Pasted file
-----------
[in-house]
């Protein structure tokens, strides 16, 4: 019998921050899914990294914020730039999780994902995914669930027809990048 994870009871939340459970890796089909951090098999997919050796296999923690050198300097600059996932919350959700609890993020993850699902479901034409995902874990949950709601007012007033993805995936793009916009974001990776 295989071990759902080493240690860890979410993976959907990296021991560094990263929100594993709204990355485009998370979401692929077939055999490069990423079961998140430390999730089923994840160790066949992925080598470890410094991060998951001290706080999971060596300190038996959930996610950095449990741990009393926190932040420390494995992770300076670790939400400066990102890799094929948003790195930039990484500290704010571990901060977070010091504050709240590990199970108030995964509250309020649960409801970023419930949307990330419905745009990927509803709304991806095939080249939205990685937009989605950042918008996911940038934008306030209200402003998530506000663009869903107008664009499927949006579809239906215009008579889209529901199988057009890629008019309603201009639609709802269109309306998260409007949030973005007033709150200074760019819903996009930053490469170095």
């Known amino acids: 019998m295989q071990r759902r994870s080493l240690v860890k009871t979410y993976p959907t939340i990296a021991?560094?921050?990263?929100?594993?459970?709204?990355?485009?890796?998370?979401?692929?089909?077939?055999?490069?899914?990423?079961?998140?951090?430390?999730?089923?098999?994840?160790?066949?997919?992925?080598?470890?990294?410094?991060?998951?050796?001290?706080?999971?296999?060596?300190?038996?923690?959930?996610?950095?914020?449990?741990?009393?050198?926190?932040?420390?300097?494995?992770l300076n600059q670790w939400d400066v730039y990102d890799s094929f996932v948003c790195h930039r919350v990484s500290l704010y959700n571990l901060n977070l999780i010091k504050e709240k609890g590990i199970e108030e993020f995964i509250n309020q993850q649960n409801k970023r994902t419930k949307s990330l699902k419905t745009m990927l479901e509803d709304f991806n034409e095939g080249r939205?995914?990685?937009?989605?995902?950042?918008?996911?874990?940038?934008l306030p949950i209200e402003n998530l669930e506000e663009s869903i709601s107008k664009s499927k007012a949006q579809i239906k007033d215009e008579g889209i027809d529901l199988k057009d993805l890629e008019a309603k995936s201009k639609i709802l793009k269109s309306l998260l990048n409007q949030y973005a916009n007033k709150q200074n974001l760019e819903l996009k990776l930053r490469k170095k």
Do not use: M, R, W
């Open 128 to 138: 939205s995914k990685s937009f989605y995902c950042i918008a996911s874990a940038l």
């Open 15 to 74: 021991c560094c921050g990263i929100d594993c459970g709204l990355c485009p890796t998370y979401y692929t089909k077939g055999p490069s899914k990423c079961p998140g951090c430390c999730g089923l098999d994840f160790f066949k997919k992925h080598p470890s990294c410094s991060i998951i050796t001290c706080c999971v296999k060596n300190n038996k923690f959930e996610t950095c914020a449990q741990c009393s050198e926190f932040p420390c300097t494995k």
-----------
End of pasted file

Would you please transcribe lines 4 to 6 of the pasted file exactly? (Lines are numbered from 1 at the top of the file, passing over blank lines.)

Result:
Do not use: M, R, W
């Open 128 to 138: 939205s995914k990685s937009f989605y995902c950042i918008a996911s874990a940038l």
């Open 15 to 74: 021991c560094c921050g990263i929100d594993c459970g709204l990355c485009p890796t998370y979401y692929t089909k077939g055999p490069s899914k990423c079961p998140g951090c430390c999730g089923l098999d994840f160790f066949k997919k992925h080598p470890s990294c410094s991060i998951i050796t001290c706080c999971v296999k060596n300190n038996k923690f959930e996610t950095c914020a449990q741990c009393s050198e926190f932040p420390c300097t494995k």